Researchers have created electrostatic materials that function even with extremely weak ultrasound, heralding the era of permanent implantable electronic devices in biomedicine. Recent research explores implantable medical devices that operate wirelessly, yet finding a safe energy source and protective materials remains challenging. Presently, titanium (Ti) is used due to its biocompatibility and durability. However, radio waves cannot pass through this metal, necessitating a separate antenna for wireless power transmission. Consequently, this enlarges the device size, creating more discomfort for patients.

The research team developed an electrostatic material capable of responding to weak ultrasound by utilizing a composite of high dielectric1 polymers (P(VDF-TrFE)) and a high dielectric constant ceramic material known as calcium copper titanate (CCTO, CaCu3Ti4O12). This material generates static electricity through friction between its material layers, producing effective electrical energy, and possesses an extremely low output impedance, facilitating efficient transmission of the generated electricity.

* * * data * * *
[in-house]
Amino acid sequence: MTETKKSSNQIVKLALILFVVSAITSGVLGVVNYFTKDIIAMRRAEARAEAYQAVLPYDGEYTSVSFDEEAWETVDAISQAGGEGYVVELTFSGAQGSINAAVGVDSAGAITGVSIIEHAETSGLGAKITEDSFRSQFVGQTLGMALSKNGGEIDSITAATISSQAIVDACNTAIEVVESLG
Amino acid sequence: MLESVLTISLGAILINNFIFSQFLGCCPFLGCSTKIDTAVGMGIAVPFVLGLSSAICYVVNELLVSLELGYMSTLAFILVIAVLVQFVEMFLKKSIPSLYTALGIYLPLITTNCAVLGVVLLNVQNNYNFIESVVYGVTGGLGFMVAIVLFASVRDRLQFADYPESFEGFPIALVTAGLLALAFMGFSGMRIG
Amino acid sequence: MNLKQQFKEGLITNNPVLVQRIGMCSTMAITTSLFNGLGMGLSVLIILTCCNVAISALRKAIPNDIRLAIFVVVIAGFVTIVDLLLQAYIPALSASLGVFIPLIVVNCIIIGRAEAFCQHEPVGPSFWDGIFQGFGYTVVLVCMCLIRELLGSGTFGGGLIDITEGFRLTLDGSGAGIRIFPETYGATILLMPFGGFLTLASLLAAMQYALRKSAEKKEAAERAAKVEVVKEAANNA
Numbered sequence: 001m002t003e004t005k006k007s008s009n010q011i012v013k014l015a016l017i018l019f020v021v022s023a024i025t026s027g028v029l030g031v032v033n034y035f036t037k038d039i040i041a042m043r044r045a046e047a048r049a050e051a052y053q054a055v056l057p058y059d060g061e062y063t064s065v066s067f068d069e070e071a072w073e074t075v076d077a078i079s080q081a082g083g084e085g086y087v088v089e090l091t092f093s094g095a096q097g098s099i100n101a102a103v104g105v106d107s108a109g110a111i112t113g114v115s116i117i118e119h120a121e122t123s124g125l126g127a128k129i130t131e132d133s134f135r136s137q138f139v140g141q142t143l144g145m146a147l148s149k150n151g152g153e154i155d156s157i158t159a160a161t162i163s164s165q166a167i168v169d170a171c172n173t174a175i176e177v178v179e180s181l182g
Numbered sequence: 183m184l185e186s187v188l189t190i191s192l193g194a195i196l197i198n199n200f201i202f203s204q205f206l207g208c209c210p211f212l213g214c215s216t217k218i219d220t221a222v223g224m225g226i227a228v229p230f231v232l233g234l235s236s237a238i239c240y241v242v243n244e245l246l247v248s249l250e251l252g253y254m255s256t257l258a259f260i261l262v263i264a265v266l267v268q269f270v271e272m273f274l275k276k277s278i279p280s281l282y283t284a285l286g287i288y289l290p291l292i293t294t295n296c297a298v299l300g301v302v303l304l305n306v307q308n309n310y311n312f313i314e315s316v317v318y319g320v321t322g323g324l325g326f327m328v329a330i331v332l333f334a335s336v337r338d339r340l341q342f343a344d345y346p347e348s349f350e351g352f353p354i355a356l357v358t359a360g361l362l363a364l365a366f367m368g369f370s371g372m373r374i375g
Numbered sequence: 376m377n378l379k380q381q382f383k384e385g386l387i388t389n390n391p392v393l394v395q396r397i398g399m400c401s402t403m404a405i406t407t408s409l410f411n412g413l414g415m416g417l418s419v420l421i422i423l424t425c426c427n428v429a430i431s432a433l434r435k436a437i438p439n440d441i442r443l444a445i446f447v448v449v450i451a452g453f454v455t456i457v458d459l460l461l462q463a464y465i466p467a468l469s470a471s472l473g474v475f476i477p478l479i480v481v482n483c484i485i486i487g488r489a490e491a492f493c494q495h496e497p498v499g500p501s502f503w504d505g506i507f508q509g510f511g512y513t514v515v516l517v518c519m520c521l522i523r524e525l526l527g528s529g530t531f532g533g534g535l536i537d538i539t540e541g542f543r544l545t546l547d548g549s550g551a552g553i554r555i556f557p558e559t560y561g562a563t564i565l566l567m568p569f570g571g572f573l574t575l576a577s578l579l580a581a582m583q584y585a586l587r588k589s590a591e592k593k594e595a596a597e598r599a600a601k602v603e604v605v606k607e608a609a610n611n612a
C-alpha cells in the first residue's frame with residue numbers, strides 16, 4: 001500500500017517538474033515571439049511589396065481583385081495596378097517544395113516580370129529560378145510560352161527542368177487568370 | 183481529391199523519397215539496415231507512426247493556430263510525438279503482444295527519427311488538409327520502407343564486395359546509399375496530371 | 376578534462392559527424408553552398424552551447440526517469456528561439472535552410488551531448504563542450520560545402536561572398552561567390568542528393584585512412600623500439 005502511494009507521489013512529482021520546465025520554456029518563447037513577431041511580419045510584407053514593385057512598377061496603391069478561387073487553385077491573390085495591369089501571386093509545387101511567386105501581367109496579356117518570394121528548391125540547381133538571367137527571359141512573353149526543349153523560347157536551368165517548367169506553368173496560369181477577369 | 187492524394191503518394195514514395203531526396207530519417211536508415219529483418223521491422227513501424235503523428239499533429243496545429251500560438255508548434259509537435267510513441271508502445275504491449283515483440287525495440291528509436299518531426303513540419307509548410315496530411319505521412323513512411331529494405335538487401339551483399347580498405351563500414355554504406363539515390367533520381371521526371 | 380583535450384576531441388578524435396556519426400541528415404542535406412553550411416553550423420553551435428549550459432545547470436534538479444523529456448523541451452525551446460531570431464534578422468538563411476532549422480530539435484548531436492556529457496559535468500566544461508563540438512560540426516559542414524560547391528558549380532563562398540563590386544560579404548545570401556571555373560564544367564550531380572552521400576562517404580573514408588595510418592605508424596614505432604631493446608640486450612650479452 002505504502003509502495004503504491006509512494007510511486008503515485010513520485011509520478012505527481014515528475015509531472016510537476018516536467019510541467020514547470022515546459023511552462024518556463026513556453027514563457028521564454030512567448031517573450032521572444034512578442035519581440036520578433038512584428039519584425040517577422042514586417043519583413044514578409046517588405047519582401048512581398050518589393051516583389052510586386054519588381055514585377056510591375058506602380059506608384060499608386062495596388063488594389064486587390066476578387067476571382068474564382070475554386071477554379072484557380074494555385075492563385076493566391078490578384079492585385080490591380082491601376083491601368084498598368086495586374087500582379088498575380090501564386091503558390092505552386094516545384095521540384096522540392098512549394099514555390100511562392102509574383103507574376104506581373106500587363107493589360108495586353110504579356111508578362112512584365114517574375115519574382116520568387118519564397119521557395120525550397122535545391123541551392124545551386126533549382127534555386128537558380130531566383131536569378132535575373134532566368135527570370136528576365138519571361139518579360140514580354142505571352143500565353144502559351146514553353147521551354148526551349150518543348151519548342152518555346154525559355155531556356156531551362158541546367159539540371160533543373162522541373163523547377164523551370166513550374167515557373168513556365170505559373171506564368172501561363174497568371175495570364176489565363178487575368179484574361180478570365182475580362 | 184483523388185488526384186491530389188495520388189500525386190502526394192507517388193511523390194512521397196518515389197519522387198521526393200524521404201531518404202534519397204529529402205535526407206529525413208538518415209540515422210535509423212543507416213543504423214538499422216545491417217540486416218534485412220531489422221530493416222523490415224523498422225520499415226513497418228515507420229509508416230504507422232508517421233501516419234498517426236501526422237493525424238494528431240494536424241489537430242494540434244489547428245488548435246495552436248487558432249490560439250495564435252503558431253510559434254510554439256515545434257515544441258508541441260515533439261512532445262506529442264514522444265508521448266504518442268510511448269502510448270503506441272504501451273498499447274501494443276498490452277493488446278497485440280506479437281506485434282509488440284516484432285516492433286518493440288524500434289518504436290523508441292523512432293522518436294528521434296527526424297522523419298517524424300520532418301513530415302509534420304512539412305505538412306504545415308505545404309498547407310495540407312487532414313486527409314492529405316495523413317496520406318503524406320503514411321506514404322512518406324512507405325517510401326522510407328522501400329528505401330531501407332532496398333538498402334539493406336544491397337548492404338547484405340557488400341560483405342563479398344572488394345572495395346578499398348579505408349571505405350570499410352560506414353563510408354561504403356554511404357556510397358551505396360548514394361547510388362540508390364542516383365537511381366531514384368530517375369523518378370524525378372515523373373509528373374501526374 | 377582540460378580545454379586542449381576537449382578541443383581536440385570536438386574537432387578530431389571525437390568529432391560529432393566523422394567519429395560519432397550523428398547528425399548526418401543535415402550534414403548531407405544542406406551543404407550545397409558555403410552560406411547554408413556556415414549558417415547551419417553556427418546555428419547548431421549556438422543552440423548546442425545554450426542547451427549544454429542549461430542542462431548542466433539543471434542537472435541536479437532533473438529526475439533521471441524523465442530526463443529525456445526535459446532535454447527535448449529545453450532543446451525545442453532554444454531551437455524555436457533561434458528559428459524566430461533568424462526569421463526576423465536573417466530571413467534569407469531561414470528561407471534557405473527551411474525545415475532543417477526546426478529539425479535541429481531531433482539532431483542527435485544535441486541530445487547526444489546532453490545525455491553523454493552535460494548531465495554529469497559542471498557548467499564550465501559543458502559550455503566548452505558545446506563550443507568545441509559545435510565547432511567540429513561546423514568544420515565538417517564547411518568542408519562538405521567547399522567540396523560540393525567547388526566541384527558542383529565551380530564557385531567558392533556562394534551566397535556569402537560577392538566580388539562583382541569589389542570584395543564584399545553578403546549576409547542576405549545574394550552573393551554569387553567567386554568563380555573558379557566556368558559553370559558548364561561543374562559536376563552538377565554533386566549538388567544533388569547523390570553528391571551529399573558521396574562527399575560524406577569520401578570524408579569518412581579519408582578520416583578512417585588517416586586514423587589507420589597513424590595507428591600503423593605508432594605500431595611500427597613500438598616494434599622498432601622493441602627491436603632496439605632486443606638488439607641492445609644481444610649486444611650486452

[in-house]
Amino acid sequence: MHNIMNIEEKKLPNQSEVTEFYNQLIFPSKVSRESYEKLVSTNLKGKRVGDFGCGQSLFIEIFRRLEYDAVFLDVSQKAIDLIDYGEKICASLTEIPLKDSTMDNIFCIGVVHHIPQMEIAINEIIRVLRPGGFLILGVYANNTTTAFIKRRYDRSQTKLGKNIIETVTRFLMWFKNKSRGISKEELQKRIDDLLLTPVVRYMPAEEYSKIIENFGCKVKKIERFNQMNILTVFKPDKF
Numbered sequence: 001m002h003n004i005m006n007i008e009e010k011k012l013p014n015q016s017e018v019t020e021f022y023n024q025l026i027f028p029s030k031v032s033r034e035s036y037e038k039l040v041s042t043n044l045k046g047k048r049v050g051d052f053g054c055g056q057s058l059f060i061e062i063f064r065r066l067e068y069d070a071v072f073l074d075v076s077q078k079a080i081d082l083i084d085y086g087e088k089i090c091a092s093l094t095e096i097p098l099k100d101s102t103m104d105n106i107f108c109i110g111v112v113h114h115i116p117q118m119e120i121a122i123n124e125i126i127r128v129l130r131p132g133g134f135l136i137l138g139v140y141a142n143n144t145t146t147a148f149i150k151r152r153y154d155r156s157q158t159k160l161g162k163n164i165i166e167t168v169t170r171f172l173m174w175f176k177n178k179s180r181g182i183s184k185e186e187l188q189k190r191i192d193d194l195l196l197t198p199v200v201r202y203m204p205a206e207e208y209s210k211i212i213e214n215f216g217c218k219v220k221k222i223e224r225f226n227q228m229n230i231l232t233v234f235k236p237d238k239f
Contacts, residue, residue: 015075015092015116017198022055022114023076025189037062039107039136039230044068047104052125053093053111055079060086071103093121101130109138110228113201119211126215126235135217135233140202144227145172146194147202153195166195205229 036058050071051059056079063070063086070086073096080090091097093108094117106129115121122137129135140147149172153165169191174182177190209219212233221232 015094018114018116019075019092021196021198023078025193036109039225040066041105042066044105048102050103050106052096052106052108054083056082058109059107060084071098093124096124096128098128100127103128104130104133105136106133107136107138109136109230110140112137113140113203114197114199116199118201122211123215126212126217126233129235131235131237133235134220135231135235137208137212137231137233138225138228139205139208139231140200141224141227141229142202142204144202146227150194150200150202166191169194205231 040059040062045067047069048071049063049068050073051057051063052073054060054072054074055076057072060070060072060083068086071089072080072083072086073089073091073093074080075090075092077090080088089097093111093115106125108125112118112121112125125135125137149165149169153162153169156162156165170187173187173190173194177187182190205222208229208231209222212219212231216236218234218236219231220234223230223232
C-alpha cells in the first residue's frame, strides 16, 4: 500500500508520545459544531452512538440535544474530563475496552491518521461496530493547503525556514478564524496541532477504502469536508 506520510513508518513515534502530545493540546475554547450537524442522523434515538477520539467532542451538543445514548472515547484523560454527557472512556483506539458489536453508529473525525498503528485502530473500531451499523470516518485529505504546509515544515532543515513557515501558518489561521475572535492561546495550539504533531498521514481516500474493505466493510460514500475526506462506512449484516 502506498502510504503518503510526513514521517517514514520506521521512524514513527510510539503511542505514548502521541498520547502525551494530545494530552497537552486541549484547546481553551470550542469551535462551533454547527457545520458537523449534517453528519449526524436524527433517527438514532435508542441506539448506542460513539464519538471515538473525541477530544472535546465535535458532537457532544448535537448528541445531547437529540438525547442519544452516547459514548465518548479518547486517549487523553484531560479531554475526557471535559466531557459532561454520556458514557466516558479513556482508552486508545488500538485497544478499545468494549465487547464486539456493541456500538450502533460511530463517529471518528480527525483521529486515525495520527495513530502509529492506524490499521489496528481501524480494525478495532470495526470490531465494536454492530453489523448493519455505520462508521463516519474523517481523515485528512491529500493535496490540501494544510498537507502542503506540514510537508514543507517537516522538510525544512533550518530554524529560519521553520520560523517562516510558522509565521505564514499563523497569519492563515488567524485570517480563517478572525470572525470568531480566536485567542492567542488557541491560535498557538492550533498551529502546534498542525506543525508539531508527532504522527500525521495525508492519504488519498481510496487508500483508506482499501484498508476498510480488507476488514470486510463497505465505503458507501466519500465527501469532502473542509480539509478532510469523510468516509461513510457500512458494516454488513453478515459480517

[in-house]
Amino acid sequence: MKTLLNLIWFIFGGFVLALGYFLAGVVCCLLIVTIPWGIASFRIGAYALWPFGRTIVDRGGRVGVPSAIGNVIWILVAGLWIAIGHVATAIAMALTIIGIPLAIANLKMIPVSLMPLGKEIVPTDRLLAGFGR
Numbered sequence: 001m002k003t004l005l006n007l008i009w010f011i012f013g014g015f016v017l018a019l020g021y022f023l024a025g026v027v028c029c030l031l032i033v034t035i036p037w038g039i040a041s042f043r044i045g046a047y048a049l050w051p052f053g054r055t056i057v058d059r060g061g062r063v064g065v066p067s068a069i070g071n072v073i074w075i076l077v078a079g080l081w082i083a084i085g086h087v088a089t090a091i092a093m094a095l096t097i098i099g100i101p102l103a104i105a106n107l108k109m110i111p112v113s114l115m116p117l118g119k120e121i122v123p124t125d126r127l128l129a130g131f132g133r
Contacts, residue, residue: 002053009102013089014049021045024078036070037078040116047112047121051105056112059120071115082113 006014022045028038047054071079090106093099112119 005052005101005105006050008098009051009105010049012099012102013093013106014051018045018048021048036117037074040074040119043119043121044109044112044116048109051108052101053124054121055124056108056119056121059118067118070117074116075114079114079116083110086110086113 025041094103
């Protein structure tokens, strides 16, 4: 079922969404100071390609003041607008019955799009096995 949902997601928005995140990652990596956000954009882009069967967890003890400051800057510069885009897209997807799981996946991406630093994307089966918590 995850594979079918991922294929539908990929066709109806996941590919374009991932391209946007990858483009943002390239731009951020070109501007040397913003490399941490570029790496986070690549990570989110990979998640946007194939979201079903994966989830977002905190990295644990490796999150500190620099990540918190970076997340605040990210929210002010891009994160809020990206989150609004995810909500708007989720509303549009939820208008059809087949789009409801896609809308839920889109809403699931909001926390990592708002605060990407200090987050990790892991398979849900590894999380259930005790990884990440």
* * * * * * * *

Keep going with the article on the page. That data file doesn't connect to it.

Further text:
Using this technology, the research team created an implantable neurological stimulator powered by ultrasound-based energy transmission, eliminating the need for batteries. This was confirmed through experimental validation. In animal model trials, the device was activated even at standard imaging ultrasound levels (500 mW/cm2), imposing minimal strain on the human body. Furthermore, it effectively mitigated symptoms related to abnormal urination caused by overactive bladder disorders through nerve stimulation. (Image credit: Clayton Metz for Virginia Tech)

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